How The Avengers Beat Thanos In The Comics

Thanos Pull Moon Avengers Infinity War

SPOILER WARNING: The following article contains major spoilers for Avengers: Infinity War. If you have not yet seen the film, please bookmark this page, and save the read until after your screening!

Looking ahead to Avengers 4 after the end of Avengers: Infinity War, it's clear that the heroes of the Marvel Cinematic Universe are in serious trouble. Not only are their numbers seriously depleted thanks to Thanos killing half of all life in existence, but the great threat they find themselves facing has the power of a god thanks to the assembled Infinity Gauntlet. From an outside perspective, the whole situation very much seems hopeless and impossible, our favorite characters seemingly doomed to live in a Thanos-controlled reality, but there is reason to be optimistic. After all, comic book history does provide some clues as to how the Mad Titan can be defeated.

In a sense, it comes down to one word: experience. Thanos may view himself as destined to wield and utilize the Infinity Stones, making himself the most powerful being in the universe, and he certainly demonstrates a keen intellect, but his greatest weakness is still his nascency. There is a lot to being a god, and he will need time to fully understand not only his abilities, but his place in the universe. In the past, this has been something that the Marvel heroes have been able to exploit, and they could do the same when it comes to defeating Thanos on the big screen.

The original Infinity Gauntlet series progressed to see Thanos go head-to-head with some of the most powerful cosmic beings in the universe, organized by Silver Surfer and Adam Warlock among others, but by the end of the conflict it wasn't about strength -- partially because the Mad Titan proved to be stronger than any and all other god-like entities. Instead, victory was achieved because the enemies of Thanos (read: just about everybody) were successful in taking advantage of his lack of experience with an overabundance of power. Following an epic battle, Thanos manages to become the literal center of reality, leaving his "flesh" form behind -- and while he believes that this move sheds him of all vulnerabilities, the exact opposite is actually true. He forgets that his true power ultimately exists with the use of the Infinity Stones, and when he leaves his body he opens the opportunity for the Gauntlet to be taken right off his hand.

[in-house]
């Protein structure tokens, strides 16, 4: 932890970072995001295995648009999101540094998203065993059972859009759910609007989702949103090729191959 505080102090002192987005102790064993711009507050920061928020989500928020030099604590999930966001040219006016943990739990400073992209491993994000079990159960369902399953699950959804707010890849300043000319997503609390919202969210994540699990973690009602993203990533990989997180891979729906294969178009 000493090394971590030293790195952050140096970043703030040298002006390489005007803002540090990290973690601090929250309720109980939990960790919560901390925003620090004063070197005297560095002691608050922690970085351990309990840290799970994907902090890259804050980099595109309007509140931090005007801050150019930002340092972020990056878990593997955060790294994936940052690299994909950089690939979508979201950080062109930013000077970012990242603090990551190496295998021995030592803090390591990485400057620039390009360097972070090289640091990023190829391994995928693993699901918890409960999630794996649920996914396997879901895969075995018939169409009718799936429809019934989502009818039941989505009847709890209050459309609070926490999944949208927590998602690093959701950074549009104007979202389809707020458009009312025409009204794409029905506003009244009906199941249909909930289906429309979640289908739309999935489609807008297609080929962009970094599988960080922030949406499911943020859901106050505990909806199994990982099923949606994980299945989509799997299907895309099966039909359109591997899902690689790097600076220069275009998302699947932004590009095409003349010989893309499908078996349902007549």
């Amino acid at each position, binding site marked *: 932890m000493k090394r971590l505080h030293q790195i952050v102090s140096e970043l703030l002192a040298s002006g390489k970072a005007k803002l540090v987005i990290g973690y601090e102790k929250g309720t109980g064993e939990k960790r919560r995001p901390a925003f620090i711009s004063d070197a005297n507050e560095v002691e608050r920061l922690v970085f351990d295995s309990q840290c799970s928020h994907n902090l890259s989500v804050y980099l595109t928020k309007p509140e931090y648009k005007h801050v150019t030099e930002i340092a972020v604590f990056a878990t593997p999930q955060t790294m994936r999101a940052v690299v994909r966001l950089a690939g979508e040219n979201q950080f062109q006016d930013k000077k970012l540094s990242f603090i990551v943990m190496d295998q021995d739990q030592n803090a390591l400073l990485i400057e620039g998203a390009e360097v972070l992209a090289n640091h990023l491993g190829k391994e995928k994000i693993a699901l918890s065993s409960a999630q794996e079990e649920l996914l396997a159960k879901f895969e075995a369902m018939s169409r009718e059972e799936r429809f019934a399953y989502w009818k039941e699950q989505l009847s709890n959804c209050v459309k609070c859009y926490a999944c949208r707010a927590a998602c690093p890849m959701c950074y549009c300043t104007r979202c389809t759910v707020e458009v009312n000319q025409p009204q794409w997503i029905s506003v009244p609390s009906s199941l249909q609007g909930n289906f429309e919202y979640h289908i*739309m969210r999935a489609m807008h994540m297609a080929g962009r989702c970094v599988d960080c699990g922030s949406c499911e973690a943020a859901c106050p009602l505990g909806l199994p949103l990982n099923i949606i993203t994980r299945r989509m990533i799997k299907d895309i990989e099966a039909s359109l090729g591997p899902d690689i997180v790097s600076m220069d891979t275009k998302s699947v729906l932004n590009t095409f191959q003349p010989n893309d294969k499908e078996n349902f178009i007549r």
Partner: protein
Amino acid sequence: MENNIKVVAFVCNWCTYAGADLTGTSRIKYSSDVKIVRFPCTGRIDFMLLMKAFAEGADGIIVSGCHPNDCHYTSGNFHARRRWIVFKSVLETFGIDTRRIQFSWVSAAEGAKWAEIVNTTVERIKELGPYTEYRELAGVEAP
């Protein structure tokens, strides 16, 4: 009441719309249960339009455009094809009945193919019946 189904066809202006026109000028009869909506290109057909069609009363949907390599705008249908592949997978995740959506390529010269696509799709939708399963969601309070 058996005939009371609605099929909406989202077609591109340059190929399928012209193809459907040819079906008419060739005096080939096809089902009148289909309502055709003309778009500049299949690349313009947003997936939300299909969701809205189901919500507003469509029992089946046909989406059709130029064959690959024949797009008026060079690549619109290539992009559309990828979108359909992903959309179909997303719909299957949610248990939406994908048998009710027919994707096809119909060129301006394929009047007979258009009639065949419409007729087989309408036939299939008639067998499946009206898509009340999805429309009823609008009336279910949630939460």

Because Avengers: Infinity War isn't a direct adaptation of the comics, and because there are some key differences between the Marvel Cinematic Universe and the source material, we don't expect Avengers 4 to feature this exact same conclusion -- but a version of it is certainly still on the table. After all, Thanos is going to be in a strange headspace when we next see him, having achieved the mission he worked towards his entire life. As mentioned earlier, his next move could involve further exploration of what it means to be a god, feeling out his capacities and limitations, and it could create a very important opportunity. If the heroes can get Thanos to leave his corporeal form and remove his gauntlet, they could put the Infinity Stones in responsible hands and un-do at least some of the damage caused by the fascistic purple alien.

If this is the route taken, who could this hero be? In the comics it's Adam Warlock, but that option seems to be off the table. Could it be Iron Man, explaining why Doctor Strange was willing to trade the Time Stone for his life? Could it be Captain America, who has proven to have an unbreakable moral compass? Or perhaps will it Captain Marvel, who is said to be the most powerful character in the Marvel Cinematic Universe. Any of them wielding the Infinity Gauntlet could have fascinating effects.

Of course, all of this is just speculation for now, and we still have about 12 months before we get any firm answers. No matter what, though, regardless of Avengers 4's fidelity to the comics, the movie should feature some major surprises and important consequences for the future of the franchise.

Eric Eisenberg
Assistant Managing Editor

Eric Eisenberg is the Assistant Managing Editor at CinemaBlend. After graduating Boston University and earning a bachelor’s degree in journalism, he took a part-time job as a staff writer for CinemaBlend, and after six months was offered the opportunity to move to Los Angeles and take on a newly created West Coast Editor position. Over a decade later, he's continuing to advance his interests and expertise. In addition to conducting filmmaker interviews and contributing to the news and feature content of the site, Eric also oversees the Movie Reviews section, writes the the weekend box office report (published Sundays), and is the site's resident Stephen King expert. He has two King-related columns.